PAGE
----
A friend I just spoke to was under the impression I was half-and-half on WALL*E. Not in the least, I said. I’m an unamibiguous admirer top to bottom and start to finish. It’s a masterpiece of its type. It’s going to win the Best Animated Feature Oscar. I understand the impulse on the part of director Andrew Stanton to call it a robot love story and leave it at that, but it’s a lie, of course — a disinforming of pig-trough moviegoers who might think twice about going to a “green” movie that satirizes their lie-around, fat-ass lifestyle.

The plan seems to be working because WALL*E is going to make a lot of money this weekend. Between $52 and $57 million, according to Fantasy MogulsSteve Mason.
A sweet, amusing and reasonably profound save-the-earth parable, WALL*E‘s reliance on 85% visual, mostly dialogue-free storytelling (which makes it a kind of silent film) recalls the artistry of Charles Chaplin, Harry Langdon, Jacques Tati and other others whose style of performance art has been dormant for so many decades. It lives again.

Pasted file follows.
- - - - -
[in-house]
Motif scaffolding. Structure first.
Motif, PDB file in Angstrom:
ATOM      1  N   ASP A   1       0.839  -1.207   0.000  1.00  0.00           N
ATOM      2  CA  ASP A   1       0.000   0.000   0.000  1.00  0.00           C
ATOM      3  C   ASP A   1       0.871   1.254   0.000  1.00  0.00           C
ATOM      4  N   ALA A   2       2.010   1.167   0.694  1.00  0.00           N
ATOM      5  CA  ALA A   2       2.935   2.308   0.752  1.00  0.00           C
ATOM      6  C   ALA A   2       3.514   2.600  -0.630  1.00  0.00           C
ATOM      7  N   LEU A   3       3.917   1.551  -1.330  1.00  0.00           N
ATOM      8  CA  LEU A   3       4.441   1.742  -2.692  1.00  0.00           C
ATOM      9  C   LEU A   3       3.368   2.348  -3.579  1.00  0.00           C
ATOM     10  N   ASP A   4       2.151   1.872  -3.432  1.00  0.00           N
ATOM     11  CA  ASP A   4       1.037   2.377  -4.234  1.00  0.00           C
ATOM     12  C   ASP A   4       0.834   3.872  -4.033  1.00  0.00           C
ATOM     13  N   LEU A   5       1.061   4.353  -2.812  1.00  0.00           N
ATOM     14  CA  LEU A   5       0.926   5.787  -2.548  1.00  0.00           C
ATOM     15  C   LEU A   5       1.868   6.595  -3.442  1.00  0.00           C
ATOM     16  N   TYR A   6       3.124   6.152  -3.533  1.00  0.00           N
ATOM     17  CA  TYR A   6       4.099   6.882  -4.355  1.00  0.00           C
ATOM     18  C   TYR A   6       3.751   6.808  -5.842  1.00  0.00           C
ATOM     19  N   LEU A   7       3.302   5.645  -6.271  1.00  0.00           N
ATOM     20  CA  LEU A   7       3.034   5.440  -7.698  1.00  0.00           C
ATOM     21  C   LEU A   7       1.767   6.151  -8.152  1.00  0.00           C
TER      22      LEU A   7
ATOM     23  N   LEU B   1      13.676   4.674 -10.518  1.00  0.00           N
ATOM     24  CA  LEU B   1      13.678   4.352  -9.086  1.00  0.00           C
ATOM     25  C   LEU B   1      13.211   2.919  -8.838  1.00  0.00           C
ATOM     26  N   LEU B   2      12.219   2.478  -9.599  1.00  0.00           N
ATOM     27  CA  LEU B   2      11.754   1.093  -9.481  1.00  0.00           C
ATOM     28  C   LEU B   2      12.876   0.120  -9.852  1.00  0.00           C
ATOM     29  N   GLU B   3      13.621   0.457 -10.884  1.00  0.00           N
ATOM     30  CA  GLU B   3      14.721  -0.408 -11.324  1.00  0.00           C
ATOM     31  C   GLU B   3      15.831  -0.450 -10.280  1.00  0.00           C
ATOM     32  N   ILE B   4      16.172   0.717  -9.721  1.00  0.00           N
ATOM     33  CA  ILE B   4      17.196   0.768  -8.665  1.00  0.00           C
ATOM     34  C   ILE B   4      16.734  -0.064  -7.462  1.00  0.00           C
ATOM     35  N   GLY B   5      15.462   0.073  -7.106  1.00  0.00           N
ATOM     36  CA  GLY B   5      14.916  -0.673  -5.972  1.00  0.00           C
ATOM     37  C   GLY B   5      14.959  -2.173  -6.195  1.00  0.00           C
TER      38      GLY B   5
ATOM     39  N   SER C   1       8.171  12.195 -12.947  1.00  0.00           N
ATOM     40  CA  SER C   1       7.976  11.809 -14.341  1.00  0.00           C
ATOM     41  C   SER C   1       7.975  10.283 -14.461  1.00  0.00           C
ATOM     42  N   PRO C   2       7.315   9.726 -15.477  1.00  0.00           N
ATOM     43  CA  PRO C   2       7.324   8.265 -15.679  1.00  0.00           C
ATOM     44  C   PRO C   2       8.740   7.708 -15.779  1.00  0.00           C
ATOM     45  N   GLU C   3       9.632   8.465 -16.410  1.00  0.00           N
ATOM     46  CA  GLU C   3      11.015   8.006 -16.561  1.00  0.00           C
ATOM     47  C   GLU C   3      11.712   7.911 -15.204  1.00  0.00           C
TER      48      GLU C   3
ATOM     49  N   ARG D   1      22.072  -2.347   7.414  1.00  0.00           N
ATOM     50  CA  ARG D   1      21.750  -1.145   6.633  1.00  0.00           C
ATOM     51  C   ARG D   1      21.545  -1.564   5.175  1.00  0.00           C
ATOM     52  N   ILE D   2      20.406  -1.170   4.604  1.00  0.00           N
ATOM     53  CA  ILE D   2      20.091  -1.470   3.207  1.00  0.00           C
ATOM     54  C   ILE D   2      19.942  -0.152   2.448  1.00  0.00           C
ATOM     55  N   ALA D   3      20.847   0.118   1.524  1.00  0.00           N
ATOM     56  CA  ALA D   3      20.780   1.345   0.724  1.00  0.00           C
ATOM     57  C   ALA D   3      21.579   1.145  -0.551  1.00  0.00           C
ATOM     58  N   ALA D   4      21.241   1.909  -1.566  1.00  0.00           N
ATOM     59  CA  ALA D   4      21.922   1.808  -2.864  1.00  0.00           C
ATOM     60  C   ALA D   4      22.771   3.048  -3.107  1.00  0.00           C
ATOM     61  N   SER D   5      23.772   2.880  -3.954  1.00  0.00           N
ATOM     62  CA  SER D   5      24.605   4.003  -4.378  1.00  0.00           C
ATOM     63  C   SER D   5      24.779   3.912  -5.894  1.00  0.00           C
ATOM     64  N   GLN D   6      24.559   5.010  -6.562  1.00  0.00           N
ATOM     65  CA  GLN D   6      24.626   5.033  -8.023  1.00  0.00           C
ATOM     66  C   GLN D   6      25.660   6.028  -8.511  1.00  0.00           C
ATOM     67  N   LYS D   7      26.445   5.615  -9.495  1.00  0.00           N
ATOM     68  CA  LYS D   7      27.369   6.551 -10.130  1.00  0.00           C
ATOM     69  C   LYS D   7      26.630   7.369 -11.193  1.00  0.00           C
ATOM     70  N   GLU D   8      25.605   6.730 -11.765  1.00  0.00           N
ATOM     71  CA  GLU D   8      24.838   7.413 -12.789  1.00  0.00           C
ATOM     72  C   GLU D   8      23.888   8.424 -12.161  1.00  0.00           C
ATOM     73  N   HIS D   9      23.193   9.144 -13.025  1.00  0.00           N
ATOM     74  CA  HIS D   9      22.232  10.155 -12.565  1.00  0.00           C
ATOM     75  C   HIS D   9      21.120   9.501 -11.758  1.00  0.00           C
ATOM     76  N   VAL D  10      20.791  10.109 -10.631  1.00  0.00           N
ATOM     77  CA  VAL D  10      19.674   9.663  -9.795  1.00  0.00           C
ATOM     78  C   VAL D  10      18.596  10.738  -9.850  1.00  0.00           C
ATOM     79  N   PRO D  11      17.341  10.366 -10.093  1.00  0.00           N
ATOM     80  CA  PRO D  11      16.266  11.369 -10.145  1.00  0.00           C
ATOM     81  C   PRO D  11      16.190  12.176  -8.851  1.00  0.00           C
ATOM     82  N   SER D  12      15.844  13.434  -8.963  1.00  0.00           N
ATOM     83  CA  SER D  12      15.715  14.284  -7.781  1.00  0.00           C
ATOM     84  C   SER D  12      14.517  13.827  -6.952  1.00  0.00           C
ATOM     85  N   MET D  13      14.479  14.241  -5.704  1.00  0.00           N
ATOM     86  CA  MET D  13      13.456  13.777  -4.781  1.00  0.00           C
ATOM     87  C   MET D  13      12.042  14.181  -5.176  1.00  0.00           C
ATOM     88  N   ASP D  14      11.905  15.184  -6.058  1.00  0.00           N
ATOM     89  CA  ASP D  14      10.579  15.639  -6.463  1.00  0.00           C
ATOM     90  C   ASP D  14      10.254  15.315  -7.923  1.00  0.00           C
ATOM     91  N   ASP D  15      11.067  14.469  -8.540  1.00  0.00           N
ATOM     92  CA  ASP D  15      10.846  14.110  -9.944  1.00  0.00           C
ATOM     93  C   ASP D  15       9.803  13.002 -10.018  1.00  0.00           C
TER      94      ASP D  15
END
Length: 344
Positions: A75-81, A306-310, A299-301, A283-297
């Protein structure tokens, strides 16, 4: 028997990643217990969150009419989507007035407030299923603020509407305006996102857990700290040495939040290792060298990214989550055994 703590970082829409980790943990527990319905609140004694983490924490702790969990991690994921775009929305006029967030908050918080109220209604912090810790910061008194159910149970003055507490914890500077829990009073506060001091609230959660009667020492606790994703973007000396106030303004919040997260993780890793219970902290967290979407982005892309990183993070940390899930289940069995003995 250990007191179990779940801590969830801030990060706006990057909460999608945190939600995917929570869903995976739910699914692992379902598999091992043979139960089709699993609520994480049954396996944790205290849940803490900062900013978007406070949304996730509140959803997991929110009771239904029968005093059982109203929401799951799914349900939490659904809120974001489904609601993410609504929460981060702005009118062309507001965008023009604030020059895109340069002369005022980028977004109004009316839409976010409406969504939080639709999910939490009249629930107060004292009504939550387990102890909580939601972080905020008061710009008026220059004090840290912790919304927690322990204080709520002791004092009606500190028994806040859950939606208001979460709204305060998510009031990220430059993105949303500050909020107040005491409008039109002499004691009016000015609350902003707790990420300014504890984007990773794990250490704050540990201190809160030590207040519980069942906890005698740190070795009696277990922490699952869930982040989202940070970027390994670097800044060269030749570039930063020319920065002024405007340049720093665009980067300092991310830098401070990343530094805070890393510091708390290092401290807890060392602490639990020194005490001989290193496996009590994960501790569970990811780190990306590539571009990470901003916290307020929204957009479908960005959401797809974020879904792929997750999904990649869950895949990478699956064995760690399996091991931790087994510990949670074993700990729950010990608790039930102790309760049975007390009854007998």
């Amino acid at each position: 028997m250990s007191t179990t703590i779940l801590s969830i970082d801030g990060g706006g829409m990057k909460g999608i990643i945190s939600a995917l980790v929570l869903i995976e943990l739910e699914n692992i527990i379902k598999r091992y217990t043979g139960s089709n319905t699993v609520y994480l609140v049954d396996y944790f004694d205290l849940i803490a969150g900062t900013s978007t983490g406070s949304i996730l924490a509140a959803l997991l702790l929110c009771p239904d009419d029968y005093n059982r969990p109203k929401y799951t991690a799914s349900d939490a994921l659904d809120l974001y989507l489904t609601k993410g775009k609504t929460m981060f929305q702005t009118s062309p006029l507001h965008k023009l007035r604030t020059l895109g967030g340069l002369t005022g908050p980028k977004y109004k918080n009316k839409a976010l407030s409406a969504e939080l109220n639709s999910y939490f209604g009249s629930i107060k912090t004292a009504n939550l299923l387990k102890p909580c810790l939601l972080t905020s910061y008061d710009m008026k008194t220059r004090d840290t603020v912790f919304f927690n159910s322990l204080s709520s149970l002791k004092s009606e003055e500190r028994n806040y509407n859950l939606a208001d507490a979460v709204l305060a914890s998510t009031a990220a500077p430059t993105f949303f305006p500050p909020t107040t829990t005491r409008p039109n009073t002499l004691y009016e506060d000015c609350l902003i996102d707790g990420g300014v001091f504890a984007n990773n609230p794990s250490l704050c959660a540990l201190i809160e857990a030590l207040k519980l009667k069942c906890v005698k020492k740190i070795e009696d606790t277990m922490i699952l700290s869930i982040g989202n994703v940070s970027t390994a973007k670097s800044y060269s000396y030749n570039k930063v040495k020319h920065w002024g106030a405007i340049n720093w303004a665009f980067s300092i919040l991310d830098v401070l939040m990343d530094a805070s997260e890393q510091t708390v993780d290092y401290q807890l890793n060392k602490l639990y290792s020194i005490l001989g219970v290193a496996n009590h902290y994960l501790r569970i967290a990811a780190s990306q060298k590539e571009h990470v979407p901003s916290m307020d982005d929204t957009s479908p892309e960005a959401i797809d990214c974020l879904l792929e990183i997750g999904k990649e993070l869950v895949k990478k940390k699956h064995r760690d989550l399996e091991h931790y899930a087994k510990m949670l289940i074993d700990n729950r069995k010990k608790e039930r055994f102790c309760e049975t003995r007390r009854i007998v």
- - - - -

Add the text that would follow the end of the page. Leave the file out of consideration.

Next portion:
Of course, not everyone is going to understand how good this film is. A woman who saw it with me said to a young publicist on the way out, “It’s nice but I was bored.” So beware — some are going to say it’s not…whatever, snappily entertaining enough according to current popcorn-munching standards. Anyone who says this, trust me, is a plebe and a moron in terms of their cinematic taste buds.
Six months into 2008 and WALL*E is one of the two or three best so far, if not the best of the year. It’s a major film and an occasion for enormous pride on Pixar’s part.